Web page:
Here, and back again
In part three of our series marking Friday's second anniversary of the Canterbury earthquake, Jenna Lynch speaks with one family planning a move from Waikato back to Christchurch.
Only a Cantabrian sleeps with a torch next to the bed. Only a Cantabrian that lived through the earthquakes that is. You don't want to be stuck in the dark with glass smashing around you.
Two years on from the day that shook their lives, there are still life lessons like these that Karen Mullaly and her family stand by. "Never say never" is one.
Mrs Mullaly, 10-year-old son Blake, and miniature schnauzer Boston left Christchurch and moved to Hamilton in the weeks after the devastating Feburary 22 quake. Husband Neville Bamford joined them soon after.
After a few nervewracking encounters with the earth shaking that fractured the city, the family started calling Waikato home. They planned to buy a house here, and settle down.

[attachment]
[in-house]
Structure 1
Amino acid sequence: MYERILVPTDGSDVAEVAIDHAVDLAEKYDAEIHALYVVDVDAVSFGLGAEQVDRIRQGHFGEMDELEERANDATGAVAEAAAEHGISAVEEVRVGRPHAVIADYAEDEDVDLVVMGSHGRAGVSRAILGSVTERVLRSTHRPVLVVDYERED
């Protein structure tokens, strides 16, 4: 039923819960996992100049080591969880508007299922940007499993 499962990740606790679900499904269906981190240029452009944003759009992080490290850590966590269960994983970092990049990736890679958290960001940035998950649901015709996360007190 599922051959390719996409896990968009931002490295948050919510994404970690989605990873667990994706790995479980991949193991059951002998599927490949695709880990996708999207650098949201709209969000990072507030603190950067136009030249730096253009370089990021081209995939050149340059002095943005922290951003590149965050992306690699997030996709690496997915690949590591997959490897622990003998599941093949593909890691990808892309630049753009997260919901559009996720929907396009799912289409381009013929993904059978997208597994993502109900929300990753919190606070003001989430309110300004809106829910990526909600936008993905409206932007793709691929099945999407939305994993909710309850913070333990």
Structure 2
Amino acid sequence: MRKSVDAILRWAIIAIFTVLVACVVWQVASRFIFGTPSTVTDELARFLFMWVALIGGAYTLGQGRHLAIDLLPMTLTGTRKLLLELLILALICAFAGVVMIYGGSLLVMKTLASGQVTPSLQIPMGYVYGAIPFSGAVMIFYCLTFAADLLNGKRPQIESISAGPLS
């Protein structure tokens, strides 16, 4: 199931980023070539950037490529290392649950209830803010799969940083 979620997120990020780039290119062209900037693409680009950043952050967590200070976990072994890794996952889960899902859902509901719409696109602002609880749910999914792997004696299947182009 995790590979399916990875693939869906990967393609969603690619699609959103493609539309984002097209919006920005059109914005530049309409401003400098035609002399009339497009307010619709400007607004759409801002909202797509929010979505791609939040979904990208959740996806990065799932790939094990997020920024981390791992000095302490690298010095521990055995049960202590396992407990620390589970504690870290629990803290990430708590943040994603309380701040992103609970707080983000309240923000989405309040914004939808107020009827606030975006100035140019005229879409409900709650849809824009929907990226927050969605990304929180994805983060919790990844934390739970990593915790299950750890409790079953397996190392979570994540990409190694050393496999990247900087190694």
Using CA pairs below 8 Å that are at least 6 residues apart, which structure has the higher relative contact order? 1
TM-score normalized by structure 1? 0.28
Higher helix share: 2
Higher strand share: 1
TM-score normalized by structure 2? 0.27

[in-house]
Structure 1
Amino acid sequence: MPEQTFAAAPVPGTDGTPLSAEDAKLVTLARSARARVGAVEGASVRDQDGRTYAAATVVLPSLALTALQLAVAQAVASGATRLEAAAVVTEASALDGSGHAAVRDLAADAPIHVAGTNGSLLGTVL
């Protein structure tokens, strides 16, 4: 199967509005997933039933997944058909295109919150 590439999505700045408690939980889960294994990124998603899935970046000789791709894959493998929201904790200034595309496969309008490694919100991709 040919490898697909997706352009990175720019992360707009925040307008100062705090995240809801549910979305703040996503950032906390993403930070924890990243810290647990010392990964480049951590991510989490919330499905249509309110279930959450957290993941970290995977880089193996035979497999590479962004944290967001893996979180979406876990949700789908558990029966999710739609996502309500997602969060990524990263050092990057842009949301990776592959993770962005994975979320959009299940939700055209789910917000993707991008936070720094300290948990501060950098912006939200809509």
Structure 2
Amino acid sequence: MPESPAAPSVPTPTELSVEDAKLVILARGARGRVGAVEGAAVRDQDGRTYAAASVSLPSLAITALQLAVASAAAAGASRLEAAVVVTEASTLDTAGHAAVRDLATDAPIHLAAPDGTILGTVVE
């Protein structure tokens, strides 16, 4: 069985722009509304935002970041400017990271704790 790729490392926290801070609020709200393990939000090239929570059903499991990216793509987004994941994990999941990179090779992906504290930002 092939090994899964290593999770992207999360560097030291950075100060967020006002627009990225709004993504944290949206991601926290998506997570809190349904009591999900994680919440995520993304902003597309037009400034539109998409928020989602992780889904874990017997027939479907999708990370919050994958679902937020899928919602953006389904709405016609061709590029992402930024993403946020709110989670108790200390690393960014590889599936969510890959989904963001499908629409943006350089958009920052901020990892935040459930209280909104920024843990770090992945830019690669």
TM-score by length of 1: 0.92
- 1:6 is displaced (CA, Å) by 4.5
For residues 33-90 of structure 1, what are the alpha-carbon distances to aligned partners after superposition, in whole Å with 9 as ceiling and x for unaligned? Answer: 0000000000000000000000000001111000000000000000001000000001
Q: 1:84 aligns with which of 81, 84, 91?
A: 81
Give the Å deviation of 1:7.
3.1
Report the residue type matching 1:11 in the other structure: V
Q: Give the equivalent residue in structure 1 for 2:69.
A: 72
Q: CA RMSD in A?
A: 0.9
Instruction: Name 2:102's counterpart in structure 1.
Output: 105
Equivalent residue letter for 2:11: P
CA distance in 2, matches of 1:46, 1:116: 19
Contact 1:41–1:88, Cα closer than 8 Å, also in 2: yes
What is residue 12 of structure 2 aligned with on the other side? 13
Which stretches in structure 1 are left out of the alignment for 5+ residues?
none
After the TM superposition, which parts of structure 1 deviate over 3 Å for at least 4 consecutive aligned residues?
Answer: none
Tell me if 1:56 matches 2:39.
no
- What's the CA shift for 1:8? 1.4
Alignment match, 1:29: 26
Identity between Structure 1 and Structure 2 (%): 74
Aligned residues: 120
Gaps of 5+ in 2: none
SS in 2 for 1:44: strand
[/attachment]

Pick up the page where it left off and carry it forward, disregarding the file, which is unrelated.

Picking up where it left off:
If someone had told the family they would move back to Christchurch just two years after the quake Mrs Mullaly said she would have laughed at them. Of course not.
But as proof of the never-say-never mantra, the family are returning to the South Island next week.
Redundancy has seen Mr Bamford forced back to Christchurch, awaiting the arrival of the rest of his family, who are packing and ready to go next week.
"We're not really ready to go back," Mrs Mullaly said. "There's been quite a few tears because we are really happy here."
Blake said one of the greatest things about the Waikato, and the thing he would miss most, was the group of friends he made at Horsham Downs school.
His mum will also miss the people.
"The biggest thing is definitely the people.We have just been so lucky with the people we have met here," she said.
She likened friendships to wine - good ones mature over time. But friendships she has built in the Waikato don't exactly stick to that formula.
"These friendships are like top notch wine, without even having the time to mature," she said.
Mrs Mullaly said she will also miss the mighty Waikato river, watching it flow fast and free, the song of both tui and crickets as she walks beside it, and the friendly greetings from fellow walkers.
And she will miss our community spirit.
Mrs Mullaly played a huge part in organising the now-defunct Cantabrians in the Waikato group, who gathered last year on February 22, to watch coverage of tributes.
They will not be gathering this year, but that does not mean that they have forgotten.